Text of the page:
The ABC’s Q&A programme spent about 30 minutes last night pondering Senator Conroy’s mandatory Internet filtering plan… well, idea, because it’s increasingly clear that “plan” is too strong a word. Conroy was, frankly, an embarrassment. To be honest, most of the questions put to him were not especially articulate, but Conroy made a mockery of himself. What disturbs me is that he seems to be fully cognisant of the reality of public opposition, the technical barriers and even the dangers of encroaching on political freedoms, and yet at the same time he has no inkling that it means anything. Sure, ACMA may have blacklisted a dentist’s website, among a number of other worrying examples, but somehow that’s perfectly alright and acceptable simply because Conroy is able to explain how it happened (something about the Russian mafia, apparently). Forgive me if the idea of a secret blacklist doesn’t fill me with confidence. If said blacklist hadn’t been leaked recently, such errors would never come to light, and so there would be no pressure to correct them.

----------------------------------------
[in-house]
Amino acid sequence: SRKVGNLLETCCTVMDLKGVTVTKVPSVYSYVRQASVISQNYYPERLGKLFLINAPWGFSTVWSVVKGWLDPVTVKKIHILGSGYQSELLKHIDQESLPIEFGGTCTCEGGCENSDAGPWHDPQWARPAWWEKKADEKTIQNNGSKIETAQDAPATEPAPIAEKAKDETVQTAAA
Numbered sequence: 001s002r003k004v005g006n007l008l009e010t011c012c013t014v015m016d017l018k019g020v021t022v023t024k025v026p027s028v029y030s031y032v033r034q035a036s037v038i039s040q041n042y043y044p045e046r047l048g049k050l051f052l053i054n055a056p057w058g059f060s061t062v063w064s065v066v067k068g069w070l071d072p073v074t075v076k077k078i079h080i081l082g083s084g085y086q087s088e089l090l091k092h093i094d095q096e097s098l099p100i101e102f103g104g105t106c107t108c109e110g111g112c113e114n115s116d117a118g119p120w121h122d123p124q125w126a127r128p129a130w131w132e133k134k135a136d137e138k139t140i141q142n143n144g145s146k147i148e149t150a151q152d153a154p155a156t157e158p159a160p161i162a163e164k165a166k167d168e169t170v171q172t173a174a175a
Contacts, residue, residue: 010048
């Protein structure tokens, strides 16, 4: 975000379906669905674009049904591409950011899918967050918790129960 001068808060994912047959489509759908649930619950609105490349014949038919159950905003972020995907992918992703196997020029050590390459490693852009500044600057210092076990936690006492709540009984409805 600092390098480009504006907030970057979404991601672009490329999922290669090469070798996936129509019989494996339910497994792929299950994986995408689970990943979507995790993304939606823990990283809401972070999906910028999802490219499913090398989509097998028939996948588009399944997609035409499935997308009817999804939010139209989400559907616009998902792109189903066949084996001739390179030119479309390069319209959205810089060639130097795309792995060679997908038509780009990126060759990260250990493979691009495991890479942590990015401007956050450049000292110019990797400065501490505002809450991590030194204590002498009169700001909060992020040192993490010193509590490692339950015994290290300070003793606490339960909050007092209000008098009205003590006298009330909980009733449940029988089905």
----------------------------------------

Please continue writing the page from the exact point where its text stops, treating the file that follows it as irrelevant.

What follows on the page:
Andrew Bolt’s remarks on the filter were mostly directed at the Internet libertarian strawman. The argument – not terribly innovative – lays down a few of the worst examples of criminal behaviour and suggests that you can’t allow free access to everything. Possibly true, and utterly beside the point. Mandatory Internet filtering is and should be opposed on the grounds that there just isn’t a workable mechanism, by which I mean one that is effective while being compatible with basic democratic principles. Ultimately, it doesn’t matter what your filtering criteria are. Computers aren’t smart enough, humans aren’t honest enough and the Internet is just too damn big.